information for COVID-19 cases
Here is a guide for staying safe and protecting your loved ones if you test positive for COVID-19
As of 13 October, people who test positive for COVID-19 are no longer required to isolate.
1. Look after your health and check if you’re eligible for treatment
Most people who test positive for COVID-19 can safely recover at home. The most common symptoms are runny nose, sore throat, cough fever, chills, sweats, and/or shortness of breath. If your symptoms worsen, contact your GP or local GP Respiratory Clinic. In an emergency, call 000.
Certain people are eligible for COVID medicines through a GP or GP Respiratory Clinic. To check if you’re eligible, click here.
If you are eligible for COVID medicines, we encourage you to speak to your doctor before you feel unwell and plan how you will access testing and medicine if you develop symptoms. Download our COVID-19 Readiness Plan here to take to your doctor.
There are 5 things to remember when managing COVID-19 at home:
- Rest: sleep and take it easy
- Pain relief: Take paracetamol and ibuprofen as needed (pregnant people should not take ibuprofen)
- Water: Drink regularly throughout the day and have electrolyte drinks or icy poles for extra hydration
- Fresh air: When possible open windows or spend time in your back yard or balcony if you have them
- Speak to your GP: If your symptoms worsen, you may be eligible for medicines or antivirals.
2. Isolate and tell your contacts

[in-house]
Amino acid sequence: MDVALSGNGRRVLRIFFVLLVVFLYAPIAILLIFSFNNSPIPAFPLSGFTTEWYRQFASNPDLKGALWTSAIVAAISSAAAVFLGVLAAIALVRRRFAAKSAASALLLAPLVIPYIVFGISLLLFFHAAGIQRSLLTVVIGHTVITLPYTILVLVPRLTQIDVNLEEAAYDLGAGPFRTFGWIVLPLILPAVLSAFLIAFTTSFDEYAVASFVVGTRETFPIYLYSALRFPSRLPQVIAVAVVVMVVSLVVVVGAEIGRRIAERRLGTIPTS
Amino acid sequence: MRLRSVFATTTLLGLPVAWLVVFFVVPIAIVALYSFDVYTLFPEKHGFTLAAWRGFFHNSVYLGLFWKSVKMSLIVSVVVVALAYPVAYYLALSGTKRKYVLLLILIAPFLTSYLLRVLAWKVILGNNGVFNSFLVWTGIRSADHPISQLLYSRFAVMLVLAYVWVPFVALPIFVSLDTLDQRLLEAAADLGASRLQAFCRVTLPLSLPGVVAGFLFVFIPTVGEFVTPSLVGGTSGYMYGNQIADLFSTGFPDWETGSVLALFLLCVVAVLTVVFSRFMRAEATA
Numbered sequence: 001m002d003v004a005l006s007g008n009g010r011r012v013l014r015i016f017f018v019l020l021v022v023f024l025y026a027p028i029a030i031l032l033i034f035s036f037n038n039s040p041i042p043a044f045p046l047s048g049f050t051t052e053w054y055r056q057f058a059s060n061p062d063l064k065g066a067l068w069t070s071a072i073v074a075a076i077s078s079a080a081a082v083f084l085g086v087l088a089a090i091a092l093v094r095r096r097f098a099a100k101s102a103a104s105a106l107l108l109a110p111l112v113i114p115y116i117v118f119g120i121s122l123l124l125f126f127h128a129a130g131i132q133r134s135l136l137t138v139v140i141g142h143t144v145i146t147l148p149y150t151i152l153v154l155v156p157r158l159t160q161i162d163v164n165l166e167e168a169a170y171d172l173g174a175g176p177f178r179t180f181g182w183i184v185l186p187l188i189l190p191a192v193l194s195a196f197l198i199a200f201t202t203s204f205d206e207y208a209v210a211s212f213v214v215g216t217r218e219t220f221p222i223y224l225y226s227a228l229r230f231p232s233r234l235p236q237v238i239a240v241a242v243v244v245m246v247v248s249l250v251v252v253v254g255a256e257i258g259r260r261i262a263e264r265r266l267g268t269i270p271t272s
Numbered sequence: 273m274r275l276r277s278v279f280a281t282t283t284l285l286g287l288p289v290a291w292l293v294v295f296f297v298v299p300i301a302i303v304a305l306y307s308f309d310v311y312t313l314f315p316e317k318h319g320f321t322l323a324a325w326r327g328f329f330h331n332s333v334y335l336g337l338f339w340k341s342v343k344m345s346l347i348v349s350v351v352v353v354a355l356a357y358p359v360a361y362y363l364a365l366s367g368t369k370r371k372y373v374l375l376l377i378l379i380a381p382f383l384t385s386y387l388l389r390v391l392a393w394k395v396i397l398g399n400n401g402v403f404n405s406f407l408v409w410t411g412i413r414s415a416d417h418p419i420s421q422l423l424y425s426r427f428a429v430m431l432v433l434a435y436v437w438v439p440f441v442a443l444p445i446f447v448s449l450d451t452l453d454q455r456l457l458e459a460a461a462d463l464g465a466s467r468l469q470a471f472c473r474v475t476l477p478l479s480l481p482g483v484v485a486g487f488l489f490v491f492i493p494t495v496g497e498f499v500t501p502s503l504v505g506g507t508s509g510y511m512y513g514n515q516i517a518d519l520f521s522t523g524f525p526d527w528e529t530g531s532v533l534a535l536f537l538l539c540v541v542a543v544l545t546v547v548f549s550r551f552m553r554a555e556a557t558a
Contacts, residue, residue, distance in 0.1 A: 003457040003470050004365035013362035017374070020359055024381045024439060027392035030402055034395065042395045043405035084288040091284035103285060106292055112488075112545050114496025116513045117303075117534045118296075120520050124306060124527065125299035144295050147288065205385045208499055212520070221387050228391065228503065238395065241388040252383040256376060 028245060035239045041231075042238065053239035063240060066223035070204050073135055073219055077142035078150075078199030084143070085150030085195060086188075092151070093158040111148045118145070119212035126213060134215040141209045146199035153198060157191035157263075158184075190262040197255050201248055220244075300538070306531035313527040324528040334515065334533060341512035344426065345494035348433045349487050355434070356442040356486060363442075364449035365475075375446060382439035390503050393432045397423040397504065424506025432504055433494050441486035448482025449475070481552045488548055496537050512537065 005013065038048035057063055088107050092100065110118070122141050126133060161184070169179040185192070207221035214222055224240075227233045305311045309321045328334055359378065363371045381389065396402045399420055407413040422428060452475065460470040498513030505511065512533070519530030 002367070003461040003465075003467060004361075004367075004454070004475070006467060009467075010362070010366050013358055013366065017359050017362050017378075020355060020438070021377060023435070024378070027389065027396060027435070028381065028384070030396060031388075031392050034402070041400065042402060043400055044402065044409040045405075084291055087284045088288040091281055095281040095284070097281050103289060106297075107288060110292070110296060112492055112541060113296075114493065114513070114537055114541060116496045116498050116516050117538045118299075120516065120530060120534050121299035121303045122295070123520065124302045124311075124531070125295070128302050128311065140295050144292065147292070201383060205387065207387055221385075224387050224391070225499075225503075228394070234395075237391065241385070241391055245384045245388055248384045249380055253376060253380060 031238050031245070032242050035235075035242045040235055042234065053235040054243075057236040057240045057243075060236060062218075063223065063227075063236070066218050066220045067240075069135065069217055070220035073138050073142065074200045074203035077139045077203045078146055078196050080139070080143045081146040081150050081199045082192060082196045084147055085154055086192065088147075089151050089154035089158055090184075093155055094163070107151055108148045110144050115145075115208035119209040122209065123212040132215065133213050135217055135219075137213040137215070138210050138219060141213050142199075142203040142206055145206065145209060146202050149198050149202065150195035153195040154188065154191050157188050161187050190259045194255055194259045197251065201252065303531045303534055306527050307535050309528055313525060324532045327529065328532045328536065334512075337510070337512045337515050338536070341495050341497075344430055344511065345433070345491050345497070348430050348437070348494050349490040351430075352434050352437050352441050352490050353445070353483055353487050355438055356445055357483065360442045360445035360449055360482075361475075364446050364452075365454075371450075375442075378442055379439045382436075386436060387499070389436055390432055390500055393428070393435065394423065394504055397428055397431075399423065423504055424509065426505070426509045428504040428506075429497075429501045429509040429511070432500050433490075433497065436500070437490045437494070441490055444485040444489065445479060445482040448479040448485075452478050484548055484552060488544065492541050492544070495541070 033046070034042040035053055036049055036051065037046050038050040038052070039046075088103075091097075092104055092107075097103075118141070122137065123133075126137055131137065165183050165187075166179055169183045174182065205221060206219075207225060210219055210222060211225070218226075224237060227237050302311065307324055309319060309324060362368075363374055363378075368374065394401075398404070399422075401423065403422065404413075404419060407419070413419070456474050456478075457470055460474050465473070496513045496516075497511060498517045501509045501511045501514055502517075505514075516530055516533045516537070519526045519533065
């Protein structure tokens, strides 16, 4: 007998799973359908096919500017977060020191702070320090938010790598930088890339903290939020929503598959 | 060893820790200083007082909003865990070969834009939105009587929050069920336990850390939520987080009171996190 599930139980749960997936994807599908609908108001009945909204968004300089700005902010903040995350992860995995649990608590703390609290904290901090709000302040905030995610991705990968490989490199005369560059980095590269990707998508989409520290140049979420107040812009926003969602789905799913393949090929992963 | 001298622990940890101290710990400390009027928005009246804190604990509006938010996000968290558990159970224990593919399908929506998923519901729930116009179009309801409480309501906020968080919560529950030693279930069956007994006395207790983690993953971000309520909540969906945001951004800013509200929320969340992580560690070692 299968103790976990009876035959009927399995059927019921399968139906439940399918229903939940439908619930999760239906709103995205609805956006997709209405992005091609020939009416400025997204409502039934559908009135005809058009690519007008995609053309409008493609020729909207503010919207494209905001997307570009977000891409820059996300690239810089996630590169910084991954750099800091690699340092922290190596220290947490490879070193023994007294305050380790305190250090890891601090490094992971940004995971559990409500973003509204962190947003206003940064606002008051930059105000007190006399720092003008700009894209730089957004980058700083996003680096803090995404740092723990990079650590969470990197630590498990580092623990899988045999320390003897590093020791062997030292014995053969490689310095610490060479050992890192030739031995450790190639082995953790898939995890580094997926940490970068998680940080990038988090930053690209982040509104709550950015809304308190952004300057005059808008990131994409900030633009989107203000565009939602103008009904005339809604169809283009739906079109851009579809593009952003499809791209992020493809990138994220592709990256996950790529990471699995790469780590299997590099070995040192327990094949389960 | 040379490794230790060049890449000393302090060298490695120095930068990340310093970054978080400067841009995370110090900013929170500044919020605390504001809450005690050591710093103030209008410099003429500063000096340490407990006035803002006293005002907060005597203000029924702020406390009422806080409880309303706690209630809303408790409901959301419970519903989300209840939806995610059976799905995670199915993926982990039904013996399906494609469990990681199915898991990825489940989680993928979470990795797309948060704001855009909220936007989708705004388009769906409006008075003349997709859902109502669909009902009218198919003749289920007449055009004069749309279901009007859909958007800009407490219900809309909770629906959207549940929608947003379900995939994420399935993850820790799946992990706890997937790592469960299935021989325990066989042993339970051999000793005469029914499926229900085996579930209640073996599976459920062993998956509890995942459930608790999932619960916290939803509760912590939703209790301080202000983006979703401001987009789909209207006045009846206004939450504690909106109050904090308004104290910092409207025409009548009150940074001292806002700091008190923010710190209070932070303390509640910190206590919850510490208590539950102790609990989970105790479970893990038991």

You are most infectious 2 days before your symptoms start, and while you have symptoms. It is recommended that you should isolate for at least 5 days and until you don’t have symptoms anymore.
You should Call your workplace or school and let them know you have COVID-19.
If you share a house or have had close contact with people, you should tell them that you have tested positive so they can take steps to protect themselves.
Don’t work or visit a high-risk setting like hospitals, aged care, and disability services where there are people who are at a higher risk of becoming very sick or needing hospitalisation. Targeted financial support is available for eligible healthcare workers who cannot attend work due to COVID-19.
Where possible, you should try to isolate away from other people in your household to reduce the risk of spreading COVID-19.
3. Report your result
If you have tested positive on a rapid antigen result, you should report your result online or by calling 1800 675 398. Reporting your result can give you free access to medical care and COVID medicines through the COVID Positive Pathways program.
You are not required to isolate even if you report your rapid antigen test result.
4. Ending isolation and recovering
Many people are still infectious after 5 days. If you have symptoms such as a runny nose, sore throat, cough, or fever, you should stay home to prevent other people from getting sick.
A negative RAT result is a helpful tool to determine whether you are still infectious.
Wear a face mask when you leave home for at least 7 days after testing positive – even if you don’t have symptoms – as you may still be infectious.
Many people feel the impacts of COVID-19 beyond their infectious period. As with any illness, it’s important to return to your regular routine and activities slowly to allow your body the care and time to properly recover.
Long COVID is when symptoms continue for more than 3 months from when you were infected. Symptoms can vary and you should see your GP who can tell you how to best manage your condition. For more information, click here.
You should wait 3 months before getting your next dose of the COVID-19 vaccine to ensure you get the maximum protection against the virus.
You may be able to contract COVID-19 again as early as 4 weeks after your recovery. You should get tested again after 4 weeks if you have new symptoms.
More information can be found on the Department of Health website.